There are few places where shopping is more iconic than France. From the charming farmers’ markets in tucked away villages to the glorious glitz of the ultra-luxe flagship stores on the Champs-Elysées, there is something for everyone.
Shopping is one of those cultural experiences everybody should experience when traveling in a new country, and even more so in France.
Whether you are shopping for food, for clothes, or any other necessities, you may notice some differences between France and your country of origin. Here is our ultimate guide to shopping in France!
First things first: as soon as you step into a store, especially a smaller boutique, do not forget to greet the clerk by saying “Bonjour Monsieur/Madame." Not to do so would be considered extremely rude and set the tone for the rest of your visit.
If the vendor is busy, on the phone or with another client, a sign of the head or a smile is acceptable. Don’t forget to say “Merci, au revoir” when you leave whether you purchased anything or not.
Stores may have shorter business hours than what you are used to, especially independent retailers and in more rural areas.
Many shops close for a couple of hours at lunchtime and are closed on Sundays. Larger stores in urban areas are open longer but don't expect to find a store open 24/7 except small corner stores in big cities.
The good news is that all prices include taxes, so you will not need to calculate how much you owe on top of the price tag!
Fees vary between 5.5% and 20% depending on what you are purchasing. However, if you are a tourist living outside of the European Union, you may be able to get reimbursed for some of those taxes, especially if you are planning to shop for big-ticket items in touristy areas.
|Le vendeur/la vendeuse||the store clerk|
|Comment puis-je vous aider?||how may I help you?|
|Vous avez choisi?||have you decided?|
|Je regarde||I’m just browsing|
|Je voudrais…||I would like…|
|Combien coûte…?||how much costs…?|
|La caisse||the cash register|
|Heures d’ouverture||business hours|
|TTC (Toutes Taxes Comprises)||all taxes are included|
|TVA (Taxes à Valeur Ajoutée)||VAT|
|HT (Hors Taxes)||taxes are not included|
|Bon marché||cheap, a good deal|
For many French people, it is a daily routine: you may have noticed that, in most homes, the size of the freezer and the refrigerator is not fit for stocking up on food for long periods. Food also tends to have a lot fewer preservatives than in other places.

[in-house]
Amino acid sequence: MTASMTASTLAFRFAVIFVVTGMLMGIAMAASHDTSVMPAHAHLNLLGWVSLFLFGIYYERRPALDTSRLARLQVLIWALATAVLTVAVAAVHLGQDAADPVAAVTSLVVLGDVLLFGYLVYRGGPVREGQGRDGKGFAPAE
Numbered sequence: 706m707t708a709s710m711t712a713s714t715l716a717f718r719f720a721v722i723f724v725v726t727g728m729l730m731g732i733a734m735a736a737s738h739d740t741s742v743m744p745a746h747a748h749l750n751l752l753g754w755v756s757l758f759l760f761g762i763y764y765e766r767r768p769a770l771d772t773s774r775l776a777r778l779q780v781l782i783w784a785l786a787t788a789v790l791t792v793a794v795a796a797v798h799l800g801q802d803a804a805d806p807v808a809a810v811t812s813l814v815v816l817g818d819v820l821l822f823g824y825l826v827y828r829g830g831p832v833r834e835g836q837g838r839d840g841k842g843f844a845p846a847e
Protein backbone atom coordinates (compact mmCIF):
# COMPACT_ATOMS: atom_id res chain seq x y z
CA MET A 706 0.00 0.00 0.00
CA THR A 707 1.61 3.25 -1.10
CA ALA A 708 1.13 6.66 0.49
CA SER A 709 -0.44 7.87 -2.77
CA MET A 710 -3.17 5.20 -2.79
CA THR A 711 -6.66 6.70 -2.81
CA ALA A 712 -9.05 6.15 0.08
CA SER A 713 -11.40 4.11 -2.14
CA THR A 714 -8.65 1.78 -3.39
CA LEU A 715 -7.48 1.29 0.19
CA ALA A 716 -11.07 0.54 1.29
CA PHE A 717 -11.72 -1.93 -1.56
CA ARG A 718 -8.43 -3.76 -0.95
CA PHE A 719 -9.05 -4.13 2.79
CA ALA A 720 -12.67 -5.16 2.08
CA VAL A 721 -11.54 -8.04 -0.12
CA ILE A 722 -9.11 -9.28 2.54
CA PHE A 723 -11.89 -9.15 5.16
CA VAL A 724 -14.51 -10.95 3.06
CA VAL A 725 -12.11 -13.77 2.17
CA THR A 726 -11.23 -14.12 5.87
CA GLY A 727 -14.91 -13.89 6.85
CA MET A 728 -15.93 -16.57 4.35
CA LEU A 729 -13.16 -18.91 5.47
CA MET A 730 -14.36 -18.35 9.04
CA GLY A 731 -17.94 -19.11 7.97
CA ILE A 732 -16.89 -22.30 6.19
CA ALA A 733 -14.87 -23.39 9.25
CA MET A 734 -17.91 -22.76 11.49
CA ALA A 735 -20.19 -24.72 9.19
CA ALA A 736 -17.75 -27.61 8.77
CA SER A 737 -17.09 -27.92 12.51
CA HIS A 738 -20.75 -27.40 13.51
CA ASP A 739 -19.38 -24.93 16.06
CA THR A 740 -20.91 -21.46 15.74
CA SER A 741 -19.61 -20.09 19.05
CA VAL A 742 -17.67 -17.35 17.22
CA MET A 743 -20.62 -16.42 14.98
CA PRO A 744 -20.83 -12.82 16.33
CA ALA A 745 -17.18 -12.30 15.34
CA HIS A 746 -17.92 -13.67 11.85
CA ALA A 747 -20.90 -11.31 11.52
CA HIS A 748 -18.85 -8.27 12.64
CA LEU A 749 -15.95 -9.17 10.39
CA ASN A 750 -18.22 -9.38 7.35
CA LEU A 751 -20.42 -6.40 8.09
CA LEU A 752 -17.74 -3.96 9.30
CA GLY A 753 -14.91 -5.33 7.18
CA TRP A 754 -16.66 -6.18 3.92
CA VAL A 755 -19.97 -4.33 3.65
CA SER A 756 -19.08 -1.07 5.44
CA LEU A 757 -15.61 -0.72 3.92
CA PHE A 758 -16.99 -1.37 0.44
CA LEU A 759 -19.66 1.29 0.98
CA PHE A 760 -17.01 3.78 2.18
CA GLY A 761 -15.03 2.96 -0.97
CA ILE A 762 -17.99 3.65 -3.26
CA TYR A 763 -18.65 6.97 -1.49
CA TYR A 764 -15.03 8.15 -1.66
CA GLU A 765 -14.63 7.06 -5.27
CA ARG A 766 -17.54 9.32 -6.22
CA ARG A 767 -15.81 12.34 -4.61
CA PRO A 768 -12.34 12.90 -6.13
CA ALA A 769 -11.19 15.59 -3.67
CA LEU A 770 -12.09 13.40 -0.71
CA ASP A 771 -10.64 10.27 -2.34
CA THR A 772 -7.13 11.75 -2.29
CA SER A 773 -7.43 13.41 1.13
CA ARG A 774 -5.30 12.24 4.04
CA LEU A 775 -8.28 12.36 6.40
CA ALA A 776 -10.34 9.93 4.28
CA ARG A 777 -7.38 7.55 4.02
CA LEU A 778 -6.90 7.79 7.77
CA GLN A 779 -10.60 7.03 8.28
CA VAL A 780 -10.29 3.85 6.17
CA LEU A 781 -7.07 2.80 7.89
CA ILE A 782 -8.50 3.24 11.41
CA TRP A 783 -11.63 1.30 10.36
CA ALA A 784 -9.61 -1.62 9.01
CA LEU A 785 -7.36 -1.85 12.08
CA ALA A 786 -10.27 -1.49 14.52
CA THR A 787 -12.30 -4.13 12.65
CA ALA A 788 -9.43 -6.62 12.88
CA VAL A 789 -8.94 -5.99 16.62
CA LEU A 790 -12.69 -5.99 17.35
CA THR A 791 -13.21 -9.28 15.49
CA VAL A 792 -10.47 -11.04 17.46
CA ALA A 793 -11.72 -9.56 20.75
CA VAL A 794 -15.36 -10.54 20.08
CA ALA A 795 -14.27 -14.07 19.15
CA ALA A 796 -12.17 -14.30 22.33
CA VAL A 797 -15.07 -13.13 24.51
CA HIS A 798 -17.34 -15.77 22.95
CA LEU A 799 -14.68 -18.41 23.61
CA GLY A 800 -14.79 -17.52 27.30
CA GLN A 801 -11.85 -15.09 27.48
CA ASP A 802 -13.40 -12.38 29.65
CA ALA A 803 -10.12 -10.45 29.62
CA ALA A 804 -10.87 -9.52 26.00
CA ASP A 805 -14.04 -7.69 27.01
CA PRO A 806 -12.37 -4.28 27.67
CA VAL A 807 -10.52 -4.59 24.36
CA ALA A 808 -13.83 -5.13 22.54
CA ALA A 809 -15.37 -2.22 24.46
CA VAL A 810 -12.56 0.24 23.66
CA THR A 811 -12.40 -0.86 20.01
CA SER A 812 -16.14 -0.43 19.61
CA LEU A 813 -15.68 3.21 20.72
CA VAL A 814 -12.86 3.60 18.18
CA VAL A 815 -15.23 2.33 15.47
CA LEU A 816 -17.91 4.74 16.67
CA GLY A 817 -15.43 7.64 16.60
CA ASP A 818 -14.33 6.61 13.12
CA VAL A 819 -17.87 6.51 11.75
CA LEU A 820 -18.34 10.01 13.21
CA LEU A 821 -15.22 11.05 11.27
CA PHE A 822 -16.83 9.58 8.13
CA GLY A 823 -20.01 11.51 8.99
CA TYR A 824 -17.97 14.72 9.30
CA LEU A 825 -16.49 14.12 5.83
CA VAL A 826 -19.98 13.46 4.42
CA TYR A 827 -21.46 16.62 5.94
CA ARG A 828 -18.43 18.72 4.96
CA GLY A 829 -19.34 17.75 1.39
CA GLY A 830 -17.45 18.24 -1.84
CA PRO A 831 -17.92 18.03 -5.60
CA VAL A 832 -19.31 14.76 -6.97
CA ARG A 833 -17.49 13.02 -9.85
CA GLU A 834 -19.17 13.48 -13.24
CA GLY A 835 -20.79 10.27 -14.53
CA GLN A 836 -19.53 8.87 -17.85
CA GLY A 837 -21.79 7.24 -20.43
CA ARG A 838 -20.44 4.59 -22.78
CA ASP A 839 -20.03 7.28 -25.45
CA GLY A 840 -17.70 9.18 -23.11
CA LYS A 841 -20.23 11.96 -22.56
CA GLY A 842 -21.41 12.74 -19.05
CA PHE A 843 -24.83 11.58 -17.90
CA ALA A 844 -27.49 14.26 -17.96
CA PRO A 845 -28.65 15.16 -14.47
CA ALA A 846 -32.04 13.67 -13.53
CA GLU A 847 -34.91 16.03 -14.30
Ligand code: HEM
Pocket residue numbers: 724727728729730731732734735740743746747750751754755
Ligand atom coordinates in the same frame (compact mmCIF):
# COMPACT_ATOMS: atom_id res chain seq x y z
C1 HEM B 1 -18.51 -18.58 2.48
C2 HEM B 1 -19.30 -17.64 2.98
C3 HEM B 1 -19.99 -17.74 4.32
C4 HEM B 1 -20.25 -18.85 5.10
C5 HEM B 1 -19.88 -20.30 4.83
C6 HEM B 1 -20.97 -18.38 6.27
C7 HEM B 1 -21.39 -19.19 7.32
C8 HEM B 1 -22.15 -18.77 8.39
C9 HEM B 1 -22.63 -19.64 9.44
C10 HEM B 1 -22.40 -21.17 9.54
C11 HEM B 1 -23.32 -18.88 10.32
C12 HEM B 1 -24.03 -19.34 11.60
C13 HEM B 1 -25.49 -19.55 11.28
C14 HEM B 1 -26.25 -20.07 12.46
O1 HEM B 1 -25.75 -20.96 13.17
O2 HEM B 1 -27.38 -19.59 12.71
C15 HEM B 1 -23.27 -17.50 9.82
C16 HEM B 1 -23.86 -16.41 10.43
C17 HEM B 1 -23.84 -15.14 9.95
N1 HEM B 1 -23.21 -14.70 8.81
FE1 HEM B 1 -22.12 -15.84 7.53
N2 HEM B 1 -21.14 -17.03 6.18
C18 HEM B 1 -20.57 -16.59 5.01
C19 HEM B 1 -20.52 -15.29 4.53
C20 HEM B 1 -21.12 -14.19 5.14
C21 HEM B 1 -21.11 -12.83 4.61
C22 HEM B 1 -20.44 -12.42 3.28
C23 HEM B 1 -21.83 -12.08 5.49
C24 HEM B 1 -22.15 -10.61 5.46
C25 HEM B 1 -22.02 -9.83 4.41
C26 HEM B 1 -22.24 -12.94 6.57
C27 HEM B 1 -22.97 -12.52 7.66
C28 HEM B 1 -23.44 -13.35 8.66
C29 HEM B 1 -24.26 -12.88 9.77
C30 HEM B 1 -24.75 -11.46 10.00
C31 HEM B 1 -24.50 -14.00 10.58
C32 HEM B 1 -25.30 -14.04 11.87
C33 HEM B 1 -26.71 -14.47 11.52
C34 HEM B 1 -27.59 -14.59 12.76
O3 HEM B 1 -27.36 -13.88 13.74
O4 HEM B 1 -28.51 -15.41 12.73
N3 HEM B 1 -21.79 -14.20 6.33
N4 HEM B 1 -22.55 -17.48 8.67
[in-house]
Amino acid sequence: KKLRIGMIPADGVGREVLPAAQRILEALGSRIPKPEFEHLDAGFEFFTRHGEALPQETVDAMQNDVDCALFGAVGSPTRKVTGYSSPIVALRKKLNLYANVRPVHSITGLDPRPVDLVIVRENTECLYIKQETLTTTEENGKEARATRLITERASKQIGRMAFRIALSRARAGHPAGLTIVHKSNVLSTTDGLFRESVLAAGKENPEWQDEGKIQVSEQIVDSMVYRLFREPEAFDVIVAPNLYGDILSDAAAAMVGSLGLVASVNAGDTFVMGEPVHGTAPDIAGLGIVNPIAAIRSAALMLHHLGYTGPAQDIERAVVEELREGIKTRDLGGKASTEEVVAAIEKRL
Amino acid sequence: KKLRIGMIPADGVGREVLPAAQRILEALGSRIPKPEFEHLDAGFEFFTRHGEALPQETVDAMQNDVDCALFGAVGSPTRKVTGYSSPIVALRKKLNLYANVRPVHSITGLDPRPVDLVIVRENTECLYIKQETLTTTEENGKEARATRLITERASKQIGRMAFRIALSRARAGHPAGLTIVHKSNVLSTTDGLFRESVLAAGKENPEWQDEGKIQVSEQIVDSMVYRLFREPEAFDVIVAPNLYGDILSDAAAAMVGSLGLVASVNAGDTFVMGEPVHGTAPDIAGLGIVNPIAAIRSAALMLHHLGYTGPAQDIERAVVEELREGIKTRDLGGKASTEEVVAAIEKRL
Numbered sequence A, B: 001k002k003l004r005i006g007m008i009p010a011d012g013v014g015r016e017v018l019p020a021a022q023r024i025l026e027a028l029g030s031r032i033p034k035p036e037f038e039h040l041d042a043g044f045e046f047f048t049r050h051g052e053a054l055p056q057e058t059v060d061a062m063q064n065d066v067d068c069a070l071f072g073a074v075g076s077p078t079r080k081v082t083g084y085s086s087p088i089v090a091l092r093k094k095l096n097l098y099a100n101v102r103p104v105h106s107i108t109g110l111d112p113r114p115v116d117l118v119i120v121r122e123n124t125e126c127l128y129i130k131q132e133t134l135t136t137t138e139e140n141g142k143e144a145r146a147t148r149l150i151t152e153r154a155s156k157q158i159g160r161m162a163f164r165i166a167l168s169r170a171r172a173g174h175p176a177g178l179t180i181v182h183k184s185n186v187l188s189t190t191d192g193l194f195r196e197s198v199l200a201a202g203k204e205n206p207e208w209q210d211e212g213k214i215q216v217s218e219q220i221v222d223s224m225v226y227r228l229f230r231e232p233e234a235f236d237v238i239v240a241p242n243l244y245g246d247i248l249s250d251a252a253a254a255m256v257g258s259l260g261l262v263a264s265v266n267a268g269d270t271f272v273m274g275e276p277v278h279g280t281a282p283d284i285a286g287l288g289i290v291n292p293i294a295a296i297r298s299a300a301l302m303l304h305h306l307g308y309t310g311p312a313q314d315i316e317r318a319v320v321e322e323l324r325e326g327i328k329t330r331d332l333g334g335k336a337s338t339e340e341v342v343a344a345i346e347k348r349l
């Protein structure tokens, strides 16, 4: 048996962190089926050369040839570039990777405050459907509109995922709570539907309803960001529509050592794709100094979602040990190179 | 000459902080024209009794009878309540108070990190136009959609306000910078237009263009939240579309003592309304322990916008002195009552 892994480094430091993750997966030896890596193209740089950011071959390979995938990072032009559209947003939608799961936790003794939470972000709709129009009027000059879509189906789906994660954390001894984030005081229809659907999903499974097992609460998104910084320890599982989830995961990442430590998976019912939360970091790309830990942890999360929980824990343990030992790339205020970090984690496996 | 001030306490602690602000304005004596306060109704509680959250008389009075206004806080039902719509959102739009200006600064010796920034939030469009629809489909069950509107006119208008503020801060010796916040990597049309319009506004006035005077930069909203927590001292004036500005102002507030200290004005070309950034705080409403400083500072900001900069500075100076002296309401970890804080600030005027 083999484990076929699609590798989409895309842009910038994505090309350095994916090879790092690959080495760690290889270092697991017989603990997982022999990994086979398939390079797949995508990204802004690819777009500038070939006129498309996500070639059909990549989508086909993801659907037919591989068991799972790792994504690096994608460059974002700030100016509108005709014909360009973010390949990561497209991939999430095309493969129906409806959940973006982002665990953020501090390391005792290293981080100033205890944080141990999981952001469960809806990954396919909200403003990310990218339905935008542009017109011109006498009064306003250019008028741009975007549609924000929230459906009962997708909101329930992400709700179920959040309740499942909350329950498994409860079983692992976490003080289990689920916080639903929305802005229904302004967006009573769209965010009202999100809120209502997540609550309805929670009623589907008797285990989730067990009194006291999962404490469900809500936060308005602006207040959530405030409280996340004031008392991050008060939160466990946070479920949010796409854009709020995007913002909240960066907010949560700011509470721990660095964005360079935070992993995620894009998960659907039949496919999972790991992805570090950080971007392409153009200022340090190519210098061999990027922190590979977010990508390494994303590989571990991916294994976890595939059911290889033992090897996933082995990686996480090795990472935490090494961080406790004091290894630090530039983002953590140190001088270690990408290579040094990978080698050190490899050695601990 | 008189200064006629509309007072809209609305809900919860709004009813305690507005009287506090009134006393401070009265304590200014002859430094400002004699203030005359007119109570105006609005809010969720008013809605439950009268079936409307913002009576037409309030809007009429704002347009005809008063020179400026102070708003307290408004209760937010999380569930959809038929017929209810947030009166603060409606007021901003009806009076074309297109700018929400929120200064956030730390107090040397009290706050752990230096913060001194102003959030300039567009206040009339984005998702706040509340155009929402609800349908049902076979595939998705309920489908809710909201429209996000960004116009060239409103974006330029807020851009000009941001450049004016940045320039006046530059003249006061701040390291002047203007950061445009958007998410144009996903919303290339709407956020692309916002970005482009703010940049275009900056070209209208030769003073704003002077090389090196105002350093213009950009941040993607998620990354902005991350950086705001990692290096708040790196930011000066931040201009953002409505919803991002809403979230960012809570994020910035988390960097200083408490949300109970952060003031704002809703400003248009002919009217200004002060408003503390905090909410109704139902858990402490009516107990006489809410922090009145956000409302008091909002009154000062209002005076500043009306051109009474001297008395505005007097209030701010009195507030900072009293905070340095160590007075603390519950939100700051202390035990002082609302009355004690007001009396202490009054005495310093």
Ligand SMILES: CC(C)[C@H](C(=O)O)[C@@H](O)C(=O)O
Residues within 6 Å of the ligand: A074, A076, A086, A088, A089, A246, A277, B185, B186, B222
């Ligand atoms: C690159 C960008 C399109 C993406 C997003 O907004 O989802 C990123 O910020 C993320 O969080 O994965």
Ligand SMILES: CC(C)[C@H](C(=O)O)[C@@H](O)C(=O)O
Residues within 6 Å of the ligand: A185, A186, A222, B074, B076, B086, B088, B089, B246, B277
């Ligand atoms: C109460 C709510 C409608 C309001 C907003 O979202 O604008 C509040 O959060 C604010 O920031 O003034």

Although you can find large grocery stores (for European standards) in the outskirts of the cities, most French people shop in smaller, specialized food boutiques and corner stores for their daily necessities.
The average urban grocery store offers a relatively small selection of fresh fruits and vegetables, but farmers markets are prevalent, especially on the weekends. If you do purchase fruits and vegetables in stores, you may need to weight them yourself using a scale.
France has been making a lot of progress towards going green, and grocery stores do not offer free plastic bags anymore. If you do not carry a reusable bag with you, you can purchase one at the register. You will also see a lot of people in urban areas dragging along a small cart.
If you go into a larger grocery store, you will find the shopping carts on the parking lot. You will need a 1€ coin to unlock the cart, and you will get it back when you bring back the cart in the assigned spot.
|Faire les courses||to go grocery shopping|
|Magasin de fruits et légumes||greengrocer|
|Bureau de tabac||corner store that sells tobacco and cigarettes|
|Un caddie/un chariot||a cart|
|Une balance||a scale|
|Est-ce que je peux avoir un sac ?||can I have a bag?|
France is the world capital of fashion, so you might as well take advantage of the elegant boutiques and bring back a sartorial souvenir of your French adventures.
Clothing and accessories tend to be, generally speaking, slightly more expensive than what you would find in the United States. You will need a receipt and all tags still attached to the garment if you decide to return or exchange it, so hold on to both until you are ready to commit.
Sales are regulated by law. They only come twice a year and last five weeks, at the beginning of January and in July, with an additional two weeks the retailer can use when he or she pleases. The sales are usually regressive: the longer you wait, the cheaper your coveted item will be, but also the most likely it is to sell out.
Clothing stores come in all kinds of shapes and sizes. In urban areas, you will find small independent boutiques and chain stores as well as small larger department stores. Shopping malls and outlets are usually located in the outskirts of the cities.
Since many independent stores tend to be on the smaller side, all the sizes are rarely exposed, and you will probably need to ask the store clerk to try the one you are interested in.
|Une boutique||a boutique|
|Un grand magasin||a department store|
|Un centre commercial||a shopping mall|
|Un magasin discount||an outlet|
|Les soldes d’été/ les soldes d’hiver||summer sales/winter sales|
|Première/deuxième/troisième démarque||first/second/third discount|
|Quelle taille faites-vous ?||what’s your clothing size ?|
|Quelle pointure faites-vous ?||what’s your shoe size ?|
|Les cabines||the changing rooms|
|Je voudrais essayer…||I would like to try…|
|Je voudrais échanger…||I would like to exchange…|
|Je voudrais retourner…||I would like to return…|
Have you ever tried shopping in France? Was there anything that surprised you? Share it with us in the comments!
Alix grew up in the Southwest of France and studied in Paris. She now lives in the United States where she is an active member of the francophone community and never misses an occasion to share her culture.
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